I’VE ALWAYS fancied myself a renegade cartographer — my journals and sketchbooks are filled with scribbled street maps of various cities around the world, indicating monuments, museums, and rarely redemptive hostels. To an outsider, they might look more cryptic than helpful, but I’ve always prided myself on being able to find my way around a new city using only three lines — four, at most.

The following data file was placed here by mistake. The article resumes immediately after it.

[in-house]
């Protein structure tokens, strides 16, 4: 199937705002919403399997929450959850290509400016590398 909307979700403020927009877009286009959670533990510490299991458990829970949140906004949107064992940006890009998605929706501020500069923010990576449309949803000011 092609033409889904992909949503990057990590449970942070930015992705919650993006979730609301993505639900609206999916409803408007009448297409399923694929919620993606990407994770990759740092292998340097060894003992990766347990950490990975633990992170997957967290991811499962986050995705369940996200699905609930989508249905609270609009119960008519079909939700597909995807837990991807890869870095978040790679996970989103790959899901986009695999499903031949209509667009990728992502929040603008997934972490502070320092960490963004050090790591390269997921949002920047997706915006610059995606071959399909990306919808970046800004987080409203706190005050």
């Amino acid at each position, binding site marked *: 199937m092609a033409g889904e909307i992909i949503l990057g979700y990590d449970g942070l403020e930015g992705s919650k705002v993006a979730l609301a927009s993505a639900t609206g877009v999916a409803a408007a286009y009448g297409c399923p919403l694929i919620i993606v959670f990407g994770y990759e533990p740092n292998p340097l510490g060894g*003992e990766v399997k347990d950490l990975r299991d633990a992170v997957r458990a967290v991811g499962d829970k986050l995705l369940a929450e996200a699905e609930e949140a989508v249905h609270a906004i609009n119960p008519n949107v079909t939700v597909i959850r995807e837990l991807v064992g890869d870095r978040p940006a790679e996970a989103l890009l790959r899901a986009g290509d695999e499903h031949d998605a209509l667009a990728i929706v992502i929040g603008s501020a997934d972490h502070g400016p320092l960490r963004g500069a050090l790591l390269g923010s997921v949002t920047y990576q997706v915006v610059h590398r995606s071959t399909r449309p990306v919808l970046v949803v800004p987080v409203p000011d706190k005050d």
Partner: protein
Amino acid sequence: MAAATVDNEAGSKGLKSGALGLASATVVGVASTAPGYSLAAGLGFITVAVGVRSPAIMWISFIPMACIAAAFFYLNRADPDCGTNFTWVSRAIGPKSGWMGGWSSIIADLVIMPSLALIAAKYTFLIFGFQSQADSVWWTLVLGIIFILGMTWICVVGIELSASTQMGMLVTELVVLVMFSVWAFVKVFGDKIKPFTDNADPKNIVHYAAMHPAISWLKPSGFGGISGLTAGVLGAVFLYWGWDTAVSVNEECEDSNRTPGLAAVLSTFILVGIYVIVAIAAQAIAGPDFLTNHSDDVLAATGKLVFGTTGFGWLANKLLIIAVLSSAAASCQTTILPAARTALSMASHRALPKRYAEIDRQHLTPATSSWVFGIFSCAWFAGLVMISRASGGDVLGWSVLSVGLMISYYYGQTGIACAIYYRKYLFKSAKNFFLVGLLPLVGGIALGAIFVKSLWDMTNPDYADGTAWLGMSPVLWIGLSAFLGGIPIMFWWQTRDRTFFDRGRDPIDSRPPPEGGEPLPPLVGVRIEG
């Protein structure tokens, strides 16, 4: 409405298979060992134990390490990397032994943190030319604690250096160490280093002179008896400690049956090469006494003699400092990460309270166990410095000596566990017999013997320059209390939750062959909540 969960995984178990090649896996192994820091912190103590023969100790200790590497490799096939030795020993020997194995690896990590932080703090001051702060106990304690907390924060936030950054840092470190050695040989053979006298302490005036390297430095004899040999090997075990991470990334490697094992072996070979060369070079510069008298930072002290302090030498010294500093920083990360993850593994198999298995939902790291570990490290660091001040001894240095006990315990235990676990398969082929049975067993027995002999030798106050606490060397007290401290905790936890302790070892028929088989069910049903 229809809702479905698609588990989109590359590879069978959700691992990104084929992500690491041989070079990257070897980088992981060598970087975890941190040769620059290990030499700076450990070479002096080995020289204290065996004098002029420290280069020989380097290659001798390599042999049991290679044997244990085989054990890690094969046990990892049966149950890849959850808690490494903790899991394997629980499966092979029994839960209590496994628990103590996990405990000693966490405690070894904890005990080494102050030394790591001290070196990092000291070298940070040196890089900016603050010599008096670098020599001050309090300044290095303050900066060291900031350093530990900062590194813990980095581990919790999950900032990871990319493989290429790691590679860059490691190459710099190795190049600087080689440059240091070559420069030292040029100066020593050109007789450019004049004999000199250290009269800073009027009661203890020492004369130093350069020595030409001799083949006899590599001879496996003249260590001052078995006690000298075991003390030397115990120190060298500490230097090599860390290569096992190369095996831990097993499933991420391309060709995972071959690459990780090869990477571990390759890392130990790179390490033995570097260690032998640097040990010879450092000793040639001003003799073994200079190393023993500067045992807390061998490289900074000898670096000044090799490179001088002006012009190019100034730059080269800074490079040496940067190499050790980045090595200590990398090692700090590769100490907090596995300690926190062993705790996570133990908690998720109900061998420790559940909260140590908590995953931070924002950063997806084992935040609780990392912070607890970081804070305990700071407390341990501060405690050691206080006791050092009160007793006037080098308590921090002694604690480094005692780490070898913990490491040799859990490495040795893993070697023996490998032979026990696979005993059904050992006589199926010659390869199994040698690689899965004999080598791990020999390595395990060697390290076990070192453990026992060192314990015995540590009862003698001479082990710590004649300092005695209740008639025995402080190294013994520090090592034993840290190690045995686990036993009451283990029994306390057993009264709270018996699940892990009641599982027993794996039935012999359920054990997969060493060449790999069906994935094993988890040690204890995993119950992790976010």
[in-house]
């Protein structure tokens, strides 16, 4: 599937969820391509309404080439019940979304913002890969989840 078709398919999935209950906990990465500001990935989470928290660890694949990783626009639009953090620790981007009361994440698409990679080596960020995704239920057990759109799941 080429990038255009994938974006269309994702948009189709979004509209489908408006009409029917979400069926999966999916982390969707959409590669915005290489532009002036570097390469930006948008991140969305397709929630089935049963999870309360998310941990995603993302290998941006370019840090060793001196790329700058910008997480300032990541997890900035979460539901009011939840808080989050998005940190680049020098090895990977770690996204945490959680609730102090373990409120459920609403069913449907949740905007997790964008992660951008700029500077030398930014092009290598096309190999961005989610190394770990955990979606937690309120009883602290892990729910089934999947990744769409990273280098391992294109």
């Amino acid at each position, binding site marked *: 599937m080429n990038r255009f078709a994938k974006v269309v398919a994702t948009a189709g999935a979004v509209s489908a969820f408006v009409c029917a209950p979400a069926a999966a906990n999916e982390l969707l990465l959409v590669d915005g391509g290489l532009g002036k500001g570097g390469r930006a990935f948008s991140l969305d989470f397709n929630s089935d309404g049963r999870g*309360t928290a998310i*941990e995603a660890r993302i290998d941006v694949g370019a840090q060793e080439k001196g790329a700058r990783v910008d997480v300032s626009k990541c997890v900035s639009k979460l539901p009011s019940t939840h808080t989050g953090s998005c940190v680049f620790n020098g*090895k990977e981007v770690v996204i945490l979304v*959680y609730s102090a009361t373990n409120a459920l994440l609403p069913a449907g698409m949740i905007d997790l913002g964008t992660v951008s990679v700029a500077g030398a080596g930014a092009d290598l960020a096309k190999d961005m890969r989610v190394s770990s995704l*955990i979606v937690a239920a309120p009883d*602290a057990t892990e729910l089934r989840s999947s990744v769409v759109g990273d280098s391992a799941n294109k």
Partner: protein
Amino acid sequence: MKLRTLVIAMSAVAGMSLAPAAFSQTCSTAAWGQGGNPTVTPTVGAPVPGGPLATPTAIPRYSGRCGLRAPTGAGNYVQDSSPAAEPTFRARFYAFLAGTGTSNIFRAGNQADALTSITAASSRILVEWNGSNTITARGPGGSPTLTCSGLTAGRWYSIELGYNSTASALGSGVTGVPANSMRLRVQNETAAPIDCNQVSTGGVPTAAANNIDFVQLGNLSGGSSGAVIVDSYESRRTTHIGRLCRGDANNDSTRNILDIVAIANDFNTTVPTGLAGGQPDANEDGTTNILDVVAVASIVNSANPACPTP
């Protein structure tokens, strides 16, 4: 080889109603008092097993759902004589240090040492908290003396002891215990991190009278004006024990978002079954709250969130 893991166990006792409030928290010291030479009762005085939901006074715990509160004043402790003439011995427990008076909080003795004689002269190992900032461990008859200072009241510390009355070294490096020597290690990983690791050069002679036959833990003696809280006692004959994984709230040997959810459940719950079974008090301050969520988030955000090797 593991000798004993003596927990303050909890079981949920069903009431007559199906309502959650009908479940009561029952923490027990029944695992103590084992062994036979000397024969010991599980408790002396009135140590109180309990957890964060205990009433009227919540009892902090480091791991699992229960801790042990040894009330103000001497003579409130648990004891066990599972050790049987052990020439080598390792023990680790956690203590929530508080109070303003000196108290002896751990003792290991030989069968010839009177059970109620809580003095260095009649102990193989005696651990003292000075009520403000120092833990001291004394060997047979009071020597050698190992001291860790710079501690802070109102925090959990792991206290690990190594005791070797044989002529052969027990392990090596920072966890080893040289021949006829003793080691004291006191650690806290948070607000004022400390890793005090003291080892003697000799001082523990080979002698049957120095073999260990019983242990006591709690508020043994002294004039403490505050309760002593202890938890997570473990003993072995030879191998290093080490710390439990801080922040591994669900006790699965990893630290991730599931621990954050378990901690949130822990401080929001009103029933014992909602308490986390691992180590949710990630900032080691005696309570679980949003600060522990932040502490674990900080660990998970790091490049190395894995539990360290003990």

My father taught me how to read a map. Long before I was born he studied real-deal cartography, equipped with an assortment of rangefinders, compasses, and instruments lost on me. But in teaching me how to read them, I learned how to love them, and to this day I’ll pass the time with a map the way someone would a book. Maps are a precious exercise for the imagination, and in staring at them for so long I noticed some peculiarities as I went. For example: